Through research, education and advocacy, we seek to:
Eliminate unfair discrimination in the availability, price, benefits and quality of basic goods and services, and support their equitable distribution in communities.
Eliminate community disenfranchisement resulting from the lack of affordable goods and services.
Assist other advocacy and community groups across the nation who are working for economic justice.
The Center for Economic Justice addresses the root causes of poverty.
Since 1996, CEJ has represented the interests of low-income and minority consumers as a class on economic justice issues, primarily the availability, affordability, and accessibility of insurance, credit, and utilities.
In a system where political and economic inequality is institutionalized and exacerbated through the action of regulatory agencies, CEJ targets the issue directly. Regulatory agencies determine charges for many basic necessities—and the rules of access to those necessities. We have found that administrative advocacy allows for the most dramatic and sustainable results.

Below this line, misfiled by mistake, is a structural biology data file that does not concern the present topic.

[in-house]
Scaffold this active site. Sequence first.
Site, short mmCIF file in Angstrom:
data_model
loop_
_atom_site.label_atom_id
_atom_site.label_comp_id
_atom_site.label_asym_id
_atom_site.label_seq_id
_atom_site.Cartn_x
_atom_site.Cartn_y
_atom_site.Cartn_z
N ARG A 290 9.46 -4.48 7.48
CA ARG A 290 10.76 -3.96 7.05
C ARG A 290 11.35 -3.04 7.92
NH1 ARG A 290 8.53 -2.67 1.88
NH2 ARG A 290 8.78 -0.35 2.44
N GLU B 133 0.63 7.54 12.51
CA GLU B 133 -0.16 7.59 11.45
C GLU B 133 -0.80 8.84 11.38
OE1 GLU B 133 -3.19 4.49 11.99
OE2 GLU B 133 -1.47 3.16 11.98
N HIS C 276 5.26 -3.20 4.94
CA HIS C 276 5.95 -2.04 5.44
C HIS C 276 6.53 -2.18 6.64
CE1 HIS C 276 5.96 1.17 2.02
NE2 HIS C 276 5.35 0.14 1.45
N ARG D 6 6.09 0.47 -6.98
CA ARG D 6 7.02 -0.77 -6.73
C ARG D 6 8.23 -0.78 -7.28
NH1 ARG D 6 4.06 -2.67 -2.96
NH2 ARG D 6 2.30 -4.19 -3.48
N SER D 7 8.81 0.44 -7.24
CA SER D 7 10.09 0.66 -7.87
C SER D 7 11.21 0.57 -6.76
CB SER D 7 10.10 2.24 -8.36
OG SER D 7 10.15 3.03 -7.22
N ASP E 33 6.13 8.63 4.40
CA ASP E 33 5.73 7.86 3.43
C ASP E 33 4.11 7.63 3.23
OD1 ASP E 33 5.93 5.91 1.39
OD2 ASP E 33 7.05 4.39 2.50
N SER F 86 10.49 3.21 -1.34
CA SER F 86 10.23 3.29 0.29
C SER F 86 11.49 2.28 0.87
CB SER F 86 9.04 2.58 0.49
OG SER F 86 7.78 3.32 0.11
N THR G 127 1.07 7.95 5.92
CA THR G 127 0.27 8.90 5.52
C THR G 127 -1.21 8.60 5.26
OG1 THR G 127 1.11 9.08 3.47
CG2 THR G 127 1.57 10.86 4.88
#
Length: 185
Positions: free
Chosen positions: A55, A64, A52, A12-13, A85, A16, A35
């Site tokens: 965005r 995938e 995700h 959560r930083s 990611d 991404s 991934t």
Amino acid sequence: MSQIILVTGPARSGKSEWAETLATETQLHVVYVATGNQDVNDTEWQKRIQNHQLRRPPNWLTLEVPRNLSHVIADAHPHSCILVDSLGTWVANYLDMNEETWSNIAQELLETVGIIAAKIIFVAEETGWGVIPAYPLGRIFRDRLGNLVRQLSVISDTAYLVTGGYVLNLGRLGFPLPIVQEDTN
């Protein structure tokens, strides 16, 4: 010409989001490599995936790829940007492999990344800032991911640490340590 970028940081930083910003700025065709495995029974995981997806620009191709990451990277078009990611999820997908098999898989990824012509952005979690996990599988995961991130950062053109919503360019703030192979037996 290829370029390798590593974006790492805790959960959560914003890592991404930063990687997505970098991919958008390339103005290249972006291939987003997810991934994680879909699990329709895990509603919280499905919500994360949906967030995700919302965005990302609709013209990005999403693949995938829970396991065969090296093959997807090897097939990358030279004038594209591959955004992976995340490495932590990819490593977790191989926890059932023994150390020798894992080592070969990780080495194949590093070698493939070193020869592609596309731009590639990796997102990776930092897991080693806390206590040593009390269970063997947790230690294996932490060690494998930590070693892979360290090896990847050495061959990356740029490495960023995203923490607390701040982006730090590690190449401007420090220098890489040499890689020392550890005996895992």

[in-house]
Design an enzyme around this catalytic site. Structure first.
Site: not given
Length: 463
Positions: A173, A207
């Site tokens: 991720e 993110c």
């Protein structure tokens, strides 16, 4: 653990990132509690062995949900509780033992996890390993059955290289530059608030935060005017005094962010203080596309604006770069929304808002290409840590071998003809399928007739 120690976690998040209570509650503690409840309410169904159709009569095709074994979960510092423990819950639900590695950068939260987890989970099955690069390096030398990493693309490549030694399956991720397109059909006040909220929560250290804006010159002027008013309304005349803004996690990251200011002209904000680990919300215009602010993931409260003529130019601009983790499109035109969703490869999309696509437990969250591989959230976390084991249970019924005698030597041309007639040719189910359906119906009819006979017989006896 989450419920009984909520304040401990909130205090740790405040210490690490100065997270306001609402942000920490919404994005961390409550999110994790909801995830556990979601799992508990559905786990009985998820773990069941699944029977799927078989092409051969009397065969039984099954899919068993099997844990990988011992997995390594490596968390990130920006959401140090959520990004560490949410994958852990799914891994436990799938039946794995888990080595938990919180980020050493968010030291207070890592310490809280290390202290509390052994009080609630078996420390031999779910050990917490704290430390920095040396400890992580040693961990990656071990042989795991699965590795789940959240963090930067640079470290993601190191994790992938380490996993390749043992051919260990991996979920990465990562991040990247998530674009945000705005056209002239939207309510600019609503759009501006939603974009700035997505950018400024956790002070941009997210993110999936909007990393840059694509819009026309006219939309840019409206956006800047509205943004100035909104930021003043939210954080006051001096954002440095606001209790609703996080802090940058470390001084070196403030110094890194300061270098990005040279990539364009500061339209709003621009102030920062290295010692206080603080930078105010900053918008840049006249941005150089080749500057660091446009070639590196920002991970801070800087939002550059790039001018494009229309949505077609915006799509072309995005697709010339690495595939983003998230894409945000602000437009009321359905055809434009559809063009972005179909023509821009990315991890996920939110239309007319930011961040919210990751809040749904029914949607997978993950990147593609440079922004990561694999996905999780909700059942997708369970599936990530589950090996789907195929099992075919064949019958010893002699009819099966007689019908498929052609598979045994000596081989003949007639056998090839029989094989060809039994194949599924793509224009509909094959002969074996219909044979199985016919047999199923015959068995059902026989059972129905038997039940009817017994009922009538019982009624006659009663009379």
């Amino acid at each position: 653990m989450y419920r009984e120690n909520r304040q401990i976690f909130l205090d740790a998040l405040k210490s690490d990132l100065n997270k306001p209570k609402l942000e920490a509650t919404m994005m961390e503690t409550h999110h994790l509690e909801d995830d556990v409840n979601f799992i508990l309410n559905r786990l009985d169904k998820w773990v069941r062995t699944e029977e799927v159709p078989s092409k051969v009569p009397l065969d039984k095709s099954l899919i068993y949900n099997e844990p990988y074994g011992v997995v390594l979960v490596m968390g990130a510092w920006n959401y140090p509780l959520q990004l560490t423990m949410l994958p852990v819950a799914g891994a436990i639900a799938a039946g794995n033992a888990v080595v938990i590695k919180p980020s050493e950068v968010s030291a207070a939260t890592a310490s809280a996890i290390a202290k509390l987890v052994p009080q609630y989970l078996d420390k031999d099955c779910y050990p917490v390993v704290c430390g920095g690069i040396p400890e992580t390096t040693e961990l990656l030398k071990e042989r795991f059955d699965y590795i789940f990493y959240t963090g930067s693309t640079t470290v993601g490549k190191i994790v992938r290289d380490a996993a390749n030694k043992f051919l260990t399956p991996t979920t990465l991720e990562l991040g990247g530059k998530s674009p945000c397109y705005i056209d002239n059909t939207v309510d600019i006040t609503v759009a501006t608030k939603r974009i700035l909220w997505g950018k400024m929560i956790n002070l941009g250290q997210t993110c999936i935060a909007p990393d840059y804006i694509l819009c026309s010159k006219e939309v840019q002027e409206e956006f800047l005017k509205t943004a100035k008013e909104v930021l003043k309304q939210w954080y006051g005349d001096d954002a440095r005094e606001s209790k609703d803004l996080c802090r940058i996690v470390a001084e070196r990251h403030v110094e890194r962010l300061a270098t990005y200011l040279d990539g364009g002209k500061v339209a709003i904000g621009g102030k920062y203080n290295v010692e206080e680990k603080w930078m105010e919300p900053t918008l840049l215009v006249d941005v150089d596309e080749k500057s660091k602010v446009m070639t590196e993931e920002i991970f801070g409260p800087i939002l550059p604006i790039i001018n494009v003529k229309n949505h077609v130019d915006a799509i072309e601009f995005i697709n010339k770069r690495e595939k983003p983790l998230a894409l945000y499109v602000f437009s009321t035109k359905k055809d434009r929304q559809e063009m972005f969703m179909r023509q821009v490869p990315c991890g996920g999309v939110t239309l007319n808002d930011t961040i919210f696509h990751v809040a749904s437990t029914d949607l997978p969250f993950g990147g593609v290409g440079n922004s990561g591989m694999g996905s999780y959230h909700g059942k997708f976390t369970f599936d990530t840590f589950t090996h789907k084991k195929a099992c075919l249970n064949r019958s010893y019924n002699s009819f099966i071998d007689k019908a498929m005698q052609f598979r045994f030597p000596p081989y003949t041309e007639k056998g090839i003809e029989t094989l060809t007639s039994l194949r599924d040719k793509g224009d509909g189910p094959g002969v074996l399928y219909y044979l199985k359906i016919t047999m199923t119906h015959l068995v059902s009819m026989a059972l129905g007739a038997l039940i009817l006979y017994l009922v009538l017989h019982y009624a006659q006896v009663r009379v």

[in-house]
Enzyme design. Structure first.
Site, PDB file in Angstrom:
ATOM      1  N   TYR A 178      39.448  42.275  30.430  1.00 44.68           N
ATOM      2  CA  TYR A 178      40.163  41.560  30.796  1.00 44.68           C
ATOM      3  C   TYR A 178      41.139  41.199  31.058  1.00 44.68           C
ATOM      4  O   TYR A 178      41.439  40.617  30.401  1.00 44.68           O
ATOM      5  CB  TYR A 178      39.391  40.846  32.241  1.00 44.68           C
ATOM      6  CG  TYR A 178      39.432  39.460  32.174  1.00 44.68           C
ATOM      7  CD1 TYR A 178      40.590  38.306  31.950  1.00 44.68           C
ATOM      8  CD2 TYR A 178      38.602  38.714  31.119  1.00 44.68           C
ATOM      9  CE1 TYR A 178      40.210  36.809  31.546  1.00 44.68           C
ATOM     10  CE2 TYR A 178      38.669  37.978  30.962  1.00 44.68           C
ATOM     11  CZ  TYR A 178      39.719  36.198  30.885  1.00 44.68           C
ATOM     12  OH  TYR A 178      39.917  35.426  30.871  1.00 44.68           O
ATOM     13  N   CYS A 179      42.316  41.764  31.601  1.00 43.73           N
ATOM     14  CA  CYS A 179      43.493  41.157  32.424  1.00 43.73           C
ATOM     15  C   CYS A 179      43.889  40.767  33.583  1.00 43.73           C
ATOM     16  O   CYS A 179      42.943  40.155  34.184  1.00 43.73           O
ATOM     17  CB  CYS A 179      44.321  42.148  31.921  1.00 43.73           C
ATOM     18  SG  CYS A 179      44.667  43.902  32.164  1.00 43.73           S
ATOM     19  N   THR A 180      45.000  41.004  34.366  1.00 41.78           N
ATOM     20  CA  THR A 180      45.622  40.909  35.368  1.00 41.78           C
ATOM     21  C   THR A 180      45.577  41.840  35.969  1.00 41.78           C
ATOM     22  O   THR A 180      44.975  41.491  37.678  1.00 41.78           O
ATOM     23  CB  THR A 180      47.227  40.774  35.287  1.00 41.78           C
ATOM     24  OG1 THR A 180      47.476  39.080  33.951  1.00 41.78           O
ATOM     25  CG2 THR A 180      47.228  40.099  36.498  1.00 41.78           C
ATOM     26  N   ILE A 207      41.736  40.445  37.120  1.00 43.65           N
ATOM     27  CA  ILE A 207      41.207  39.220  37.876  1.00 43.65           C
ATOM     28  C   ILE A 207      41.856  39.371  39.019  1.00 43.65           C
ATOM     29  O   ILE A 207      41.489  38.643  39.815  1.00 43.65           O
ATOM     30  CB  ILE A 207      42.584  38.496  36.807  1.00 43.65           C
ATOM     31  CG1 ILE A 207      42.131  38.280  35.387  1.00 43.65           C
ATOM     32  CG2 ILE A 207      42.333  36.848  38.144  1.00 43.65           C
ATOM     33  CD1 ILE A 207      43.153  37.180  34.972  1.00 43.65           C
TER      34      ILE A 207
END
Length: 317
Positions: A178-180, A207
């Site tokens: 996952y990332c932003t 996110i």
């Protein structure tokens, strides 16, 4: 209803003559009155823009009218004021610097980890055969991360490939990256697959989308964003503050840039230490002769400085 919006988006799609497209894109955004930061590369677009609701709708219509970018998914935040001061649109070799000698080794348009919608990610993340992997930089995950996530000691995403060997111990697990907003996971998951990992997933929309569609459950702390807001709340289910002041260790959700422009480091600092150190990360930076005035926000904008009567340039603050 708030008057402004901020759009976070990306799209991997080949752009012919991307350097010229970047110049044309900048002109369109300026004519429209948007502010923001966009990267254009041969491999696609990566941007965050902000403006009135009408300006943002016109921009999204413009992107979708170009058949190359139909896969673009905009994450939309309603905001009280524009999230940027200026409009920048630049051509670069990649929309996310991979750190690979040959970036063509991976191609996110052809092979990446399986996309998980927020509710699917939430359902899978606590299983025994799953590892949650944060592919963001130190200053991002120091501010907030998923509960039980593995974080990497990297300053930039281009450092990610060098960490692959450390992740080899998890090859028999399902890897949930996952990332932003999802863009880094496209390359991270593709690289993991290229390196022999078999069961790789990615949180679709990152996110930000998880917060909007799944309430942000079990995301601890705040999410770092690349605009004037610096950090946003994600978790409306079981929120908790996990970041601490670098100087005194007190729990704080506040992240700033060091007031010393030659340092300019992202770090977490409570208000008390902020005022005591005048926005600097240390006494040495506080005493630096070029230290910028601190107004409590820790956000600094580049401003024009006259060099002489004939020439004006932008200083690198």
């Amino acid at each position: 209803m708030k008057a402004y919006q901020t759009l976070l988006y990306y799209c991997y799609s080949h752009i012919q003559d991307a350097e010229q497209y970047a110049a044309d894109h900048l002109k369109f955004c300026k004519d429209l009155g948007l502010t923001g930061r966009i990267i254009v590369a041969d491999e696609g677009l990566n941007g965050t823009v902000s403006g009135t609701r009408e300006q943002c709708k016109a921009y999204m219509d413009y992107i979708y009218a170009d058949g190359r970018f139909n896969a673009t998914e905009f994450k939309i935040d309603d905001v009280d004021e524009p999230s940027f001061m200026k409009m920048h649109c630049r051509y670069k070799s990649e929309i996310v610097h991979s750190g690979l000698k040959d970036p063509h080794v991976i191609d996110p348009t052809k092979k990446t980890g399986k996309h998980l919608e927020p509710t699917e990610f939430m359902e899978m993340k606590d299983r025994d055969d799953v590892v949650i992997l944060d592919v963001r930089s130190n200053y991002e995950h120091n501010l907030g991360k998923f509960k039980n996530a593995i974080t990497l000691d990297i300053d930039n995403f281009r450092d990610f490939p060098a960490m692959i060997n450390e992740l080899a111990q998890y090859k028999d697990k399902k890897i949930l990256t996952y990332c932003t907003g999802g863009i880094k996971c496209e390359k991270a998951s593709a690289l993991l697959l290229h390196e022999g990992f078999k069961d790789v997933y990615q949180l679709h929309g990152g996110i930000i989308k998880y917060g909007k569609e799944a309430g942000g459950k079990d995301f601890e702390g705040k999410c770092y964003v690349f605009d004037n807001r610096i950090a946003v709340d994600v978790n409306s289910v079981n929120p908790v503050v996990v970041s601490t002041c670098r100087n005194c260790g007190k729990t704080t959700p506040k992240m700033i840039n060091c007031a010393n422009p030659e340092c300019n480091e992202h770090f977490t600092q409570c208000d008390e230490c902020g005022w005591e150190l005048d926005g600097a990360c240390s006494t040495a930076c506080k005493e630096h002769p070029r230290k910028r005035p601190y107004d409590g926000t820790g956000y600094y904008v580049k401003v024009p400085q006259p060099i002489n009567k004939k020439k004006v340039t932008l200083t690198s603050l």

Insurance is necessary to participate in our society and to pull individuals and communities out of financial hardship. Consumers may not operate a car or obtain a car loan without auto insurance. Consumers unable to purchase homeowners insurance are unable to obtain a loan to purchase a home. And the lack of health insurance means that one illness can deplete savings, render families penniless, and condemn families to poverty. Denying insurance to citizens and small businesses in economically underdeveloped areas contributes to the problems of inadequate economic opportunity and social decay that plague these areas.
Insurance is necessary in the fight against inequality.
Regulated industries spend enormous amounts of money and resources to affect the outcome of agency decisions. They lobby decision-makers, hire multiple law firms to litigate their issues, and offer the only future employment opportunity for most regulators and agency staff members.
Regulated industries spare no expense in bringing their economic and political power to bear on agency decisions.
Consumers have virtually no representation. The amount of money at stake for individual consumers does not justify the expense of participating in the proceeding. This imbalance of power is even more acute for socially and economically marginalized populations. Although agency decision-makers feel political pressure not to harm the general body of consumers, they feel no political pressure from low-income consumers.